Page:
This is where members of our society post reviews of some of the books they’re currently reading, as well as some of their favourites. Feel free to send a book review of your own to email@example.com for publication here!
Zainab Dar reviews Herculine Barbin
Remembering Herculine Barbin by Zainab Dar
Intersex (hermaphrodite): A person born biologically with both male and female sex organs
This is the story of Herculine Barbin, a child raised as a female, brought up in an all-girls school from her teens to her young adult years and then given the shocking revelation that her identity, as a woman, is false.
Herculine Barbin was born in France, Saint-Jean-d’Angély in 1838 and brought up as female. Although her family was poor, she received a charity scholarship to study in a convent where she then spent the rest of her teenage years growing up.
Her memoir Herculine Barbin was found at her bedside table, in the room where she took her life. Contained in what can be considered her diary, memoir, or even death note, were the details of her life growing up, growing ill, the sudden, awful, misery of knowing you were ‘abnormal’ and then the depression and loneliness that followed soon after.
After being examined by doctors, Herculine was given the news of her new identity, that of a man’s. She was intersex. She now needed to adopt male gender roles, needed to conform and fit in like a puzzle piece that just wasn’t cut out the way it supposedly ought to be. Taking her first steps to adjust, she stepped into the church on a Sunday wearing a man’s garbs. No one recognised her, until they did and then shock and judgment painted their faces. Their thoughts: Had she lied about her actual gender just to seduce young girls?
Herculine suffered in silence. Now a ‘he’ by law and medicine. She tried hard to find work and travelled to the city of Paris to apply for jobs but to only be rejected everywhere, forced to live in poverty.
Herculine Barbin’s life was a tragedy, an explicit display of society at its most conforming, gender roles and expectations at their peaks.
In the end, the only way for her to gain an escape from the cruel reality around her of loneliness, judgment and alienation was to kill herself.
My favourite quote:
“Enchained here below by the thousand bonds of your gross, material senses, your spirits cannot plunge into that limpid Ocean of the infinite, where, lost for a day upon your arid shores, my soul drinks deep.”
My interpretation of it:
Herculine, bombarded with societies’ unyielding, harsh treatment and judgment, neglect and hate, her own feeling of loss of identity and abandonment, Herculine finally freed her soul, her true essence and identity, from the toxic world to be with the boundless ocean, free in its waves and its vastness.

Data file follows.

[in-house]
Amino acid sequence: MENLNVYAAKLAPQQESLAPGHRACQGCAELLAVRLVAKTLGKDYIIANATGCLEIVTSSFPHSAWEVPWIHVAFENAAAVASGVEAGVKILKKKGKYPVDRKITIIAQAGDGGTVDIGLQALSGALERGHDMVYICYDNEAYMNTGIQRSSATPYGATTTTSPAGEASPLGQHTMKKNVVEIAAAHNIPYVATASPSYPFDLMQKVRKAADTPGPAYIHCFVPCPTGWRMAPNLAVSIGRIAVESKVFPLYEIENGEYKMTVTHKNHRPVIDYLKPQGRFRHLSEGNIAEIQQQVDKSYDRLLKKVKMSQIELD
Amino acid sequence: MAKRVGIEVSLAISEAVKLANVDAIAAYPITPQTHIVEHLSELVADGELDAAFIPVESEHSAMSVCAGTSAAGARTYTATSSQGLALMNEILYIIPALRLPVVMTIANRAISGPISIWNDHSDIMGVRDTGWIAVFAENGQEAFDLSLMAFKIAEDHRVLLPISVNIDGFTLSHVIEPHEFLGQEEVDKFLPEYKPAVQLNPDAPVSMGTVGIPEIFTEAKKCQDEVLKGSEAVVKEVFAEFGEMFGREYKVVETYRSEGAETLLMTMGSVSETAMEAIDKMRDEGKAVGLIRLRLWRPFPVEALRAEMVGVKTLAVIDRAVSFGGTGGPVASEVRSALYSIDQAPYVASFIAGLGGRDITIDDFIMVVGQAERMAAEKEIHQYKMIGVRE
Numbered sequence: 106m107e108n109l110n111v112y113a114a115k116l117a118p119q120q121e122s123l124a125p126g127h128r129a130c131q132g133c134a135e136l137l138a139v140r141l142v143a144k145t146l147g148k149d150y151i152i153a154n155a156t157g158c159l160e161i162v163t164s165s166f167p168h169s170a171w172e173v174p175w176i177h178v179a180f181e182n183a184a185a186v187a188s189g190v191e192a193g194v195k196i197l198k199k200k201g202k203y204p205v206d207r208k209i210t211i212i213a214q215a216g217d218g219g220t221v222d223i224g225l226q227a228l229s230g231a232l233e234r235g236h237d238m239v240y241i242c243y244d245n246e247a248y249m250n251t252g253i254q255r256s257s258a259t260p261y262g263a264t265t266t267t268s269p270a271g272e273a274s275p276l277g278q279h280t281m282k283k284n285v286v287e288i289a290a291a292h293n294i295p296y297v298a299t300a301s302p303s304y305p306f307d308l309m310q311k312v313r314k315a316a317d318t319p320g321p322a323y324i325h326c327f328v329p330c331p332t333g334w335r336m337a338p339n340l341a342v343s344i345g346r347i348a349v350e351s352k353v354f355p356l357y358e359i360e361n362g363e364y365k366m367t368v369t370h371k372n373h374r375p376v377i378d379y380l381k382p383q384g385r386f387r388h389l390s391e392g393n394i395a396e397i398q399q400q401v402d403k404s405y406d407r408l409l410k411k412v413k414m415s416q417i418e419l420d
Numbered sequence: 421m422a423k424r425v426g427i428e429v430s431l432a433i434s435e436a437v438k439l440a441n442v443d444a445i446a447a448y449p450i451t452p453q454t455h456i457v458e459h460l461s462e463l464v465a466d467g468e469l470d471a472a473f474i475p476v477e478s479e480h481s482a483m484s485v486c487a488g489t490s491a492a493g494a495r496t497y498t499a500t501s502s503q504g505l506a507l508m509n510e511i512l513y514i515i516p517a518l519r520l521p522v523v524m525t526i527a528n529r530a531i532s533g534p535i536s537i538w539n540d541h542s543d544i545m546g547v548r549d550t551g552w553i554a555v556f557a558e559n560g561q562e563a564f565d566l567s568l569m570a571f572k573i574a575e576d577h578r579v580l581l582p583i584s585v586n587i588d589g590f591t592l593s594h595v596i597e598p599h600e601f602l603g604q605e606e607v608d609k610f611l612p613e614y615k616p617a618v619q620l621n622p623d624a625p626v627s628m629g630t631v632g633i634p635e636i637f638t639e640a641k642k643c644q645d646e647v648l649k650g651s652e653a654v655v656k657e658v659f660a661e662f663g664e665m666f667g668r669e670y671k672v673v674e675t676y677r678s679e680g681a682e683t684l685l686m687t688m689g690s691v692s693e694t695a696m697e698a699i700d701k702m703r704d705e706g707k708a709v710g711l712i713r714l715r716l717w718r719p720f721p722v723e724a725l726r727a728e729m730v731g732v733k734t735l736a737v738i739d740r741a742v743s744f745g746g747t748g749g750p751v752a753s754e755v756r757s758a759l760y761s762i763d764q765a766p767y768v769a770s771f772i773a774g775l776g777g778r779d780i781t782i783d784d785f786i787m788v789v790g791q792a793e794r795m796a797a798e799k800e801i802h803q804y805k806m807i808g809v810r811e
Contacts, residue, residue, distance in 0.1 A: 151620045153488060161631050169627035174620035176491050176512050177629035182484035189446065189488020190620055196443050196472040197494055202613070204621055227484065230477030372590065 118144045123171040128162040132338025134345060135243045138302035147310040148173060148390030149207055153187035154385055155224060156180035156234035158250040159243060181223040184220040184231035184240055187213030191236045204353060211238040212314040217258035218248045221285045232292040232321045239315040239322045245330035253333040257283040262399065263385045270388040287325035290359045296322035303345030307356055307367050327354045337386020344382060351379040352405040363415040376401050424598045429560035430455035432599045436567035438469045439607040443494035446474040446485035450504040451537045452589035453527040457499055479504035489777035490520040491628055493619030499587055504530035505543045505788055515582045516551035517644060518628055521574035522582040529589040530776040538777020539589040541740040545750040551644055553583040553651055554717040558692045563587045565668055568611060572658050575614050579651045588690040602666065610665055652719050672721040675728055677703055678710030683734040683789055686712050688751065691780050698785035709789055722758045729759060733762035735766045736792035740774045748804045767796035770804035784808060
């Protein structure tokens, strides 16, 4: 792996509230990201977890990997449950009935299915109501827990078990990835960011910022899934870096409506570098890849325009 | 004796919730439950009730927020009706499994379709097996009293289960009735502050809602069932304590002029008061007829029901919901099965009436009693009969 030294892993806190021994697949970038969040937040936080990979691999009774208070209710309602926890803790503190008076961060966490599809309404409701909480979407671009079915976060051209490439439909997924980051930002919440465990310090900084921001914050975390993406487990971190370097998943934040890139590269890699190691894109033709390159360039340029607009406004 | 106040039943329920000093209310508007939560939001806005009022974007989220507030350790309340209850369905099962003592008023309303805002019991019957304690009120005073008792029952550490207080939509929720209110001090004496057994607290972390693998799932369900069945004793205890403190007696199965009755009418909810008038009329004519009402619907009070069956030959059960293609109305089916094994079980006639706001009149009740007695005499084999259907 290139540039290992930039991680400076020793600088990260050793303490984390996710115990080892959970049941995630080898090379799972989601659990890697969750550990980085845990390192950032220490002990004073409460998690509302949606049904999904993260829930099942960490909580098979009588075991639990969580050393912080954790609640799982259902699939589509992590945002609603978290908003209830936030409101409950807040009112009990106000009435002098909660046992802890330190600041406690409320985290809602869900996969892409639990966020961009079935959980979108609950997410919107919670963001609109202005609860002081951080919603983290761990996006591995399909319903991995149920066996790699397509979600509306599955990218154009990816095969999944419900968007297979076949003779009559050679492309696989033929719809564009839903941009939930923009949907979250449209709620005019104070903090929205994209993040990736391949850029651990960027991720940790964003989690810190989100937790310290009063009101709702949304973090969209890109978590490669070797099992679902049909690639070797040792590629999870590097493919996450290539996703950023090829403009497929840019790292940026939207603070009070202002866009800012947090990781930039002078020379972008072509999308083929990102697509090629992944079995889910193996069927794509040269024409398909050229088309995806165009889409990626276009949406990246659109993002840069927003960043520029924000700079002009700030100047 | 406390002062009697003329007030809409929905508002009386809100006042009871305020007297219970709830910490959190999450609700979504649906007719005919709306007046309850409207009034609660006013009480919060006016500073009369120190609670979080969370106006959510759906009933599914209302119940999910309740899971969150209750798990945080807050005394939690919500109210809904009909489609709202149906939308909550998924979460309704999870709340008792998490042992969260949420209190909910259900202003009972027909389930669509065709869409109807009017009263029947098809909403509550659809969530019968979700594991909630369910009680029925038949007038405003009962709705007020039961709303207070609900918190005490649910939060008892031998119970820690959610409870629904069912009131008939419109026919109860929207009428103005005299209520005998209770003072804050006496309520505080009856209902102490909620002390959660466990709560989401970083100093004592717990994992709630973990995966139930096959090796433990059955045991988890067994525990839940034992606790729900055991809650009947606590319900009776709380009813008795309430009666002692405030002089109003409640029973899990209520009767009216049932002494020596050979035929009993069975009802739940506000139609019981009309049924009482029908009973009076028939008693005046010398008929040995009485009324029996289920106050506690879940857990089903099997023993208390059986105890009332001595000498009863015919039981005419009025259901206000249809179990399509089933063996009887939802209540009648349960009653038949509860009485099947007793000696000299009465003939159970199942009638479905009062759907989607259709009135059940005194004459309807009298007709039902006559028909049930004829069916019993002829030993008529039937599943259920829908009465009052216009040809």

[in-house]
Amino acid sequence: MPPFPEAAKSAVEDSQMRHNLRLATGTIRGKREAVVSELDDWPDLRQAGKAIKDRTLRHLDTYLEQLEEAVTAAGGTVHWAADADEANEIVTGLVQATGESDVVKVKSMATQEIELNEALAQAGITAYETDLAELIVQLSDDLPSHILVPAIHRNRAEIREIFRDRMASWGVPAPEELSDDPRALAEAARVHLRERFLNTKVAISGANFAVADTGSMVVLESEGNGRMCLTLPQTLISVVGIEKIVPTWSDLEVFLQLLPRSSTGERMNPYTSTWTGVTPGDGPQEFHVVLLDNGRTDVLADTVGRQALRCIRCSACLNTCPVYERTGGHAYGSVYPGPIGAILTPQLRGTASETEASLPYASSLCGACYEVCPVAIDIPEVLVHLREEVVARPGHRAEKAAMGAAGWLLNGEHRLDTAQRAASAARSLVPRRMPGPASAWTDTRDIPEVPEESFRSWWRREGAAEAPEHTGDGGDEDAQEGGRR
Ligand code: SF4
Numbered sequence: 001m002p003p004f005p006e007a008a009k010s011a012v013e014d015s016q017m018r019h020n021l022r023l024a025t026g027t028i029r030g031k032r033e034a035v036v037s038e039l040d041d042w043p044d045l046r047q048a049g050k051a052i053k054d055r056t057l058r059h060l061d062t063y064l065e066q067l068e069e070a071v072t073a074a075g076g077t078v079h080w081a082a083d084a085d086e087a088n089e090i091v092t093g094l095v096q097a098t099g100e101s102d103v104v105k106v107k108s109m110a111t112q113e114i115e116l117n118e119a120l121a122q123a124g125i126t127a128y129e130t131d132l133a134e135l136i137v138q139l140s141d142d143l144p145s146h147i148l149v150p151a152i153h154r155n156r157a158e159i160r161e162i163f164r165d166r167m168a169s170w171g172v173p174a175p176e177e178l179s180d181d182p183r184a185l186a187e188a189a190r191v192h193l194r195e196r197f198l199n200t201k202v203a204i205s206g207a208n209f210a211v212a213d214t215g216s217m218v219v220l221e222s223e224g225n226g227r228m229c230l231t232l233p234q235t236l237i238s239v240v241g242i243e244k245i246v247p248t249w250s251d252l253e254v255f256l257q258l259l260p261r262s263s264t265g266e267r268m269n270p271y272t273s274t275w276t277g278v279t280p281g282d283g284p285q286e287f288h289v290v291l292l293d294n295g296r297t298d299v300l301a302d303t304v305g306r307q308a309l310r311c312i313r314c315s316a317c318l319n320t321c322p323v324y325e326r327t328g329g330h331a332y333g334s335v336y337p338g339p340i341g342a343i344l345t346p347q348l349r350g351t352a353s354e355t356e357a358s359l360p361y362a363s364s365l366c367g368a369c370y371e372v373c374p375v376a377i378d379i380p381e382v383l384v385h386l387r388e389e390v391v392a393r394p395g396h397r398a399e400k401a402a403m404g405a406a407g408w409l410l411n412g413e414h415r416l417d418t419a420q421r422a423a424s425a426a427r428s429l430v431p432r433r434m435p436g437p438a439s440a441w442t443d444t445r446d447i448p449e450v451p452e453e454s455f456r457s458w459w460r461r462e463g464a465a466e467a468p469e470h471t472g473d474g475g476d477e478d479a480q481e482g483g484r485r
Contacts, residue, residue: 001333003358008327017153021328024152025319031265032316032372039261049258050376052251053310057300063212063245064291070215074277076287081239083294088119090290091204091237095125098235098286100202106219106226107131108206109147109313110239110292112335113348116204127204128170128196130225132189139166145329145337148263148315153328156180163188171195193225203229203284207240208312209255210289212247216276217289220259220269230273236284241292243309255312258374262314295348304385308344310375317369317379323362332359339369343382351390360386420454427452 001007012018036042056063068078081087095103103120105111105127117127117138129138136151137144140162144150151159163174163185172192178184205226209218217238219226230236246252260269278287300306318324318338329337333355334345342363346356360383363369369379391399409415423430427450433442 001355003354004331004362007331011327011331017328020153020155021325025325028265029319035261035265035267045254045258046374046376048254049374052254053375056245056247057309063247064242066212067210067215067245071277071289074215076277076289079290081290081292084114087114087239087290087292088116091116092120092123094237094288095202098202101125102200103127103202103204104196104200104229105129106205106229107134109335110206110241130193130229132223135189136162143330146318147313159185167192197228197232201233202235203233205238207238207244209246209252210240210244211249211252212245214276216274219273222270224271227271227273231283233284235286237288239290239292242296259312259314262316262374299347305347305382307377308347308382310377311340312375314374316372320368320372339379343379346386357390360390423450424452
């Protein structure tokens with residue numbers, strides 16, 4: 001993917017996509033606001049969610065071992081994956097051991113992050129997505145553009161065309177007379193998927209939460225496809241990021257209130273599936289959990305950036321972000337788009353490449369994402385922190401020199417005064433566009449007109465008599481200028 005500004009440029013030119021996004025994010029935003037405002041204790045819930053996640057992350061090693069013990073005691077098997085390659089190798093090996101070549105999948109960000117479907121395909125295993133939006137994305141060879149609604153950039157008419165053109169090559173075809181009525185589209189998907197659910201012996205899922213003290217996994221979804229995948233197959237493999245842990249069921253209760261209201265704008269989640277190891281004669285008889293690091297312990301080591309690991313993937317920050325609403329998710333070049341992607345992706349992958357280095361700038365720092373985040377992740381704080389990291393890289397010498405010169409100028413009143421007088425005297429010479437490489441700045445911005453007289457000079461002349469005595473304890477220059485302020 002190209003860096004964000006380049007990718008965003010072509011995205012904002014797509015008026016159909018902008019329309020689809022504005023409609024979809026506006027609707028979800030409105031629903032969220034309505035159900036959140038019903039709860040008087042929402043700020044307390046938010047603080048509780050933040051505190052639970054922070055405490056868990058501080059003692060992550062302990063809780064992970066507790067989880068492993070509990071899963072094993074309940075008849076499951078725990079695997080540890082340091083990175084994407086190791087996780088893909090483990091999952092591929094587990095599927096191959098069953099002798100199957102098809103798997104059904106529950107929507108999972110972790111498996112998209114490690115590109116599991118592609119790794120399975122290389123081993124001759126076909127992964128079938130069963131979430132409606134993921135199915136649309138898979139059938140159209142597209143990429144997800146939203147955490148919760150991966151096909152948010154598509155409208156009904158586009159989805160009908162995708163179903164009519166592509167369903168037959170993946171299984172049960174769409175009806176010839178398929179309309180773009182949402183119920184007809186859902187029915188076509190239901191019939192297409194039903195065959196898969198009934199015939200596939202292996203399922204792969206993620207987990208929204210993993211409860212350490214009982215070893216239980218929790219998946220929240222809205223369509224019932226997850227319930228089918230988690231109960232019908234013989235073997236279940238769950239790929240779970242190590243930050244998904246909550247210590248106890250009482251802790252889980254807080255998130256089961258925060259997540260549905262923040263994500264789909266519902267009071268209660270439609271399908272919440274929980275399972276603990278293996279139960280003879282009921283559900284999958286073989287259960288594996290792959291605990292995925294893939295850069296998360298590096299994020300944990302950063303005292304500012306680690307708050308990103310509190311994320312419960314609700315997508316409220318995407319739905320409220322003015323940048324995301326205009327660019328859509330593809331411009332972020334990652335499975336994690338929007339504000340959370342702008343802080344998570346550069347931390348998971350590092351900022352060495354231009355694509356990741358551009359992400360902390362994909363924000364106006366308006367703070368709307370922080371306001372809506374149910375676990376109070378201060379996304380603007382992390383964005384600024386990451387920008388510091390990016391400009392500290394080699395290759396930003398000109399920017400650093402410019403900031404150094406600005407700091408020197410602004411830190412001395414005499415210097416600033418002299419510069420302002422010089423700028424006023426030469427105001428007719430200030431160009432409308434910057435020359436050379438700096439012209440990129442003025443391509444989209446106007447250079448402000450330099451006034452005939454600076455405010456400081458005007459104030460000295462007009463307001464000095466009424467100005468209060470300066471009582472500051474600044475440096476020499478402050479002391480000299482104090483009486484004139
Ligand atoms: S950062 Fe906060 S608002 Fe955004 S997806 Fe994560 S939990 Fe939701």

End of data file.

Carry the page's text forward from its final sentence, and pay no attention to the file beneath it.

For her, being dead was better than being caged in by a suffocating, cruel and judgemental society.
Her death was her crushing of that suffocating hand of society. Her death for her was refusing to be that puzzle piece that forces itself to fit, teaching us too, to fearlessly crush the suffocating pressures of life and to live only by the rules we create for ourselves.
Definitely an intriguing read!
President, Weronika, reviews The Double
Imagine you are a middle aged, awkwardly named history teacher, suffering from a “temporary weakness of spirit ordinarily known as depression,” and, one evening, while watching a film recommended to you by one of your colleagues with a “mania (…) for handing out unasked-for advice,” you find your doppelganger. He is a mediocre actor playing an unimportant role, but he is identical to you down to the placement of the moles and scars on your body. What would you do? Let it slip to the back of your consciousness as common sense is advising you, or would you go out of your way, developing a peculiar obsession over your finding, trying to track your duplicate down and test whether you really are the same; or perhaps to find out who was first; or, if you really are identical, whether you will die in the same way, at the same time?
The Double (O Homem Duplicado), a novel written in 2002 by the Portuguese Nobel Prize winner José Saramago, starts with a most unusual name attached to a most ordinary man, Tertuliano Máximo Alfonso, to whom these unsettlingly specific circumstances apply. Much to the dismay of his common sense, but to the great excitement of the narrator, he chooses the latter option and decides to track his clone down. Although the story is pretty simple, with just a few characters and few subplots, the novel is long and winding, and has often been criticised for being unnecessarily complicated and painfully wordy. Is it worth the read though? ABSOLUTELY!
The theme of the cloned man is one that dates back to The Epic of Gilgamesh, and has since reappeared throughout history in works such as Dostoyevsky’s The Double (1846), Stevenson’s Dr Jekyll and Mr Hyde (1886), and Wilde’s The Picture of Dorian Gray (1890). Double identity seems to be something that has fascinated writers and readers since the beginning of time, but Jose Saramago’s approach is truly unique. The author addresses serious matters with an unparalleled empathy for the human condition, narrating his novel as if he were someone both wise and ignorant. With its distinctive, satirical tone, The Double emanates a sense of comic darkness, irony and humanness, that sink deep into the bones and leave readers shook for days.